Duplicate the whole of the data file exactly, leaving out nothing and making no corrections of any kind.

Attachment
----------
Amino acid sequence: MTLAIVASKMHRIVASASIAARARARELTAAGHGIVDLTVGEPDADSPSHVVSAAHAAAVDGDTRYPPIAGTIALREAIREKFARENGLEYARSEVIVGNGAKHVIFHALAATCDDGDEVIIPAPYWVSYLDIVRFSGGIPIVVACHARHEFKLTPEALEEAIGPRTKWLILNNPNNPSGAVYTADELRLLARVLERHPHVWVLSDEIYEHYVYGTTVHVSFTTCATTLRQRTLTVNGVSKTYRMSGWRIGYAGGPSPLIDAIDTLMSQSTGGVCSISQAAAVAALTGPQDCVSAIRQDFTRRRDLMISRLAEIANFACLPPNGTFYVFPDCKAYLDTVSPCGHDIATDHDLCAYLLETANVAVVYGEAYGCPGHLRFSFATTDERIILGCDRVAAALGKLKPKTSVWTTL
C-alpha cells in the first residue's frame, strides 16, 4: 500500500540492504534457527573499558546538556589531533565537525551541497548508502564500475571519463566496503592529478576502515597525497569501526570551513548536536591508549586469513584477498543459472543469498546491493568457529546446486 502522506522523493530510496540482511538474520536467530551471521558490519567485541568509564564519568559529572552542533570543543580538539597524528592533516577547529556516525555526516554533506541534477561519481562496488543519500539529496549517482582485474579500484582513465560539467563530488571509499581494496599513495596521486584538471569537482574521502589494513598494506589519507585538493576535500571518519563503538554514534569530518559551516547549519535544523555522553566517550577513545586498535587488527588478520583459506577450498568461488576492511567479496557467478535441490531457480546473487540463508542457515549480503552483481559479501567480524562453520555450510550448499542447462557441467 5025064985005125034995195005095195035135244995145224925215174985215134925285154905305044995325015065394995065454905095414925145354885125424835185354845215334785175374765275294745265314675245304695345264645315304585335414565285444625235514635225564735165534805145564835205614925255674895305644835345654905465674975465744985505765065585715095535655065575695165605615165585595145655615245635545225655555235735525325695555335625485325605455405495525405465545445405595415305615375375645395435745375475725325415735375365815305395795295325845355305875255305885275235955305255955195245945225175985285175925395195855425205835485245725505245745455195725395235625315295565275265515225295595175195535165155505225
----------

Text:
Amino acid sequence: MTLAIVASKMHRIVASASIAARARARELTAAGHGIVDLTVGEPDADSPSHVVSAAHAAAVDGDTRYPPIAGTIALREAIREKFARENGLEYARSEVIVGNGAKHVIFHALAATCDDGDEVIIPAPYWVSYLDIVRFSGGIPIVVACHARHEFKLTPEALEEAIGPRTKWLILNNPNNPSGAVYTADELRLLARVLERHPHVWVLSDEIYEHYVYGTTVHVSFTTCATTLRQRTLTVNGVSKTYRMSGWRIGYAGGPSPLIDAIDTLMSQSTGGVCSISQAAAVAALTGPQDCVSAIRQDFTRRRDLMISRLAEIANFACLPPNGTFYVFPDCKAYLDTVSPCGHDIATDHDLCAYLLETANVAVVYGEAYGCPGHLRFSFATTDERIILGCDRVAAALGKLKPKTSVWTTL
C-alpha cells in the first residue's frame, strides 16, 4: 500500500540492504534457527573499558546538556589531533565537525551541497548508502564500475571519463566496503592529478576502515597525497569501526570551513548536536591508549586469513584477498543459472543469498546491493568457529546446486 502522506522523493530510496540482511538474520536467530551471521558490519567485541568509564564519568559529572552542533570543543580538539597524528592533516577547529556516525555526516554533506541534477561519481562496488543519500539529496549517482582485474579500484582513465560539467563530488571509499581494496599513495596521486584538471569537482574521502589494513598494506589519507585538493576535500571518519563503538554514534569530518559551516547549519535544523555522553566517550577513545586498535587488527588478520583459506577450498568461488576492511567479496557467478535441490531457480546473487540463508542457515549480503552483481559479501567480524562453520555450510550448499542447462557441467 5025064985005125034995195005095195035135244995145224925215174985215134925285154905305044995325015065394995065454905095414925145354885125424835185354845215334785175374765275294745265314675245304695345264645315304585335414565285444625235514635225564735165534805145564835205614925255674895305644835345654905465674975465744985505765065585715095535655065575695165605615165585595145655615245635545225655555235735525325695555335625485325605455405495525405465545445405595415305615375375645395435745375475725325415735375365815305395795295325845355305875255305885275235955305255955195245945225175985285175925395195855425205835485245725505245745455195725395235625315295565275265515225295595175195535165155505225